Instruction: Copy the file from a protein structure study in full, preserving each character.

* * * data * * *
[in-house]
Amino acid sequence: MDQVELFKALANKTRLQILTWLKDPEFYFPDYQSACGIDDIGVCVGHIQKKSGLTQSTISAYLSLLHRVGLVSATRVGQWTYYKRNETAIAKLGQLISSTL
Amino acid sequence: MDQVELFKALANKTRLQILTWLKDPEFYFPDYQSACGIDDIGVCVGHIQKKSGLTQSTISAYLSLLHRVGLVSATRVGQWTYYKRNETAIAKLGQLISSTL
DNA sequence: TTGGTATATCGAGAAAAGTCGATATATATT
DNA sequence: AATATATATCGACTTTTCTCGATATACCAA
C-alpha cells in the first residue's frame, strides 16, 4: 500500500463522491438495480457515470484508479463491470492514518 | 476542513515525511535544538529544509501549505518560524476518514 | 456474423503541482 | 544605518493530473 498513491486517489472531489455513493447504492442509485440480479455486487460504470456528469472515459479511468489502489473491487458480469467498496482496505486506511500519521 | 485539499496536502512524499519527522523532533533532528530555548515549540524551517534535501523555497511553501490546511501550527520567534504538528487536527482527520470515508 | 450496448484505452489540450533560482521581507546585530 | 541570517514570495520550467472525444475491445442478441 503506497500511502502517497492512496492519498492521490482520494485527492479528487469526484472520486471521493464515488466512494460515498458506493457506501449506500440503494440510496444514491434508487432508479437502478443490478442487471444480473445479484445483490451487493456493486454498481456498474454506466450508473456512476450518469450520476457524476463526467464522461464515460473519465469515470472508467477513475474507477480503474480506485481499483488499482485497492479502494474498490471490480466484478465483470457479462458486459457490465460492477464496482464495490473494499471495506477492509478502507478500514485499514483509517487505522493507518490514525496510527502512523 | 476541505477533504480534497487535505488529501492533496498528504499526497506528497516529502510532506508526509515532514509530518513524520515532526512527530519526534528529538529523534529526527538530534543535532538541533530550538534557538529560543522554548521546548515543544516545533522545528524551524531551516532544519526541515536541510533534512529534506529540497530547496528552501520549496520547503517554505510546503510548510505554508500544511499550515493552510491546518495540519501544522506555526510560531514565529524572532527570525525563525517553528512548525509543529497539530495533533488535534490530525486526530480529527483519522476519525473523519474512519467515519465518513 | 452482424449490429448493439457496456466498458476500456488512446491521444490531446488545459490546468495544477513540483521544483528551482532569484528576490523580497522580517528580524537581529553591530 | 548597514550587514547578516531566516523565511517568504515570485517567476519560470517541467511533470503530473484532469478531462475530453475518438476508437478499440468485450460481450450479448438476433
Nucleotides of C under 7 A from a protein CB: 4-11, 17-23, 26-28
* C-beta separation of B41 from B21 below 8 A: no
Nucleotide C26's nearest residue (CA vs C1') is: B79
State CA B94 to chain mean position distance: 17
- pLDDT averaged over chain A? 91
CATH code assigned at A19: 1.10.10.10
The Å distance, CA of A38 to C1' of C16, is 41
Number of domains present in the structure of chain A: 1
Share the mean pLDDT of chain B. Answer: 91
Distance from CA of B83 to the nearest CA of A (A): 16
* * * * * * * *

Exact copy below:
[in-house]
Amino acid sequence: MDQVELFKALANKTRLQILTWLKDPEFYFPDYQSACGIDDIGVCVGHIQKKSGLTQSTISAYLSLLHRVGLVSATRVGQWTYYKRNETAIAKLGQLISSTL
Amino acid sequence: MDQVELFKALANKTRLQILTWLKDPEFYFPDYQSACGIDDIGVCVGHIQKKSGLTQSTISAYLSLLHRVGLVSATRVGQWTYYKRNETAIAKLGQLISSTL
DNA sequence: TTGGTATATCGAGAAAAGTCGATATATATT
DNA sequence: AATATATATCGACTTTTCTCGATATACCAA
C-alpha cells in the first residue's frame, strides 16, 4: 500500500463522491438495480457515470484508479463491470492514518 | 476542513515525511535544538529544509501549505518560524476518514 | 456474423503541482 | 544605518493530473 498513491486517489472531489455513493447504492442509485440480479455486487460504470456528469472515459479511468489502489473491487458480469467498496482496505486506511500519521 | 485539499496536502512524499519527522523532533533532528530555548515549540524551517534535501523555497511553501490546511501550527520567534504538528487536527482527520470515508 | 450496448484505452489540450533560482521581507546585530 | 541570517514570495520550467472525444475491445442478441 503506497500511502502517497492512496492519498492521490482520494485527492479528487469526484472520486471521493464515488466512494460515498458506493457506501449506500440503494440510496444514491434508487432508479437502478443490478442487471444480473445479484445483490451487493456493486454498481456498474454506466450508473456512476450518469450520476457524476463526467464522461464515460473519465469515470472508467477513475474507477480503474480506485481499483488499482485497492479502494474498490471490480466484478465483470457479462458486459457490465460492477464496482464495490473494499471495506477492509478502507478500514485499514483509517487505522493507518490514525496510527502512523 | 476541505477533504480534497487535505488529501492533496498528504499526497506528497516529502510532506508526509515532514509530518513524520515532526512527530519526534528529538529523534529526527538530534543535532538541533530550538534557538529560543522554548521546548515543544516545533522545528524551524531551516532544519526541515536541510533534512529534506529540497530547496528552501520549496520547503517554505510546503510548510505554508500544511499550515493552510491546518495540519501544522506555526510560531514565529524572532527570525525563525517553528512548525509543529497539530495533533488535534490530525486526530480529527483519522476519525473523519474512519467515519465518513 | 452482424449490429448493439457496456466498458476500456488512446491521444490531446488545459490546468495544477513540483521544483528551482532569484528576490523580497522580517528580524537581529553591530 | 548597514550587514547578516531566516523565511517568504515570485517567476519560470517541467511533470503530473484532469478531462475530453475518438476508437478499440468485450460481450450479448438476433
Nucleotides of C under 7 A from a protein CB: 4-11, 17-23, 26-28
* C-beta separation of B41 from B21 below 8 A: no
Nucleotide C26's nearest residue (CA vs C1') is: B79
State CA B94 to chain mean position distance: 17
- pLDDT averaged over chain A? 91
CATH code assigned at A19: 1.10.10.10
The Å distance, CA of A38 to C1' of C16, is 41
Number of domains present in the structure of chain A: 1
Share the mean pLDDT of chain B. Answer: 91
Distance from CA of B83 to the nearest CA of A (A): 16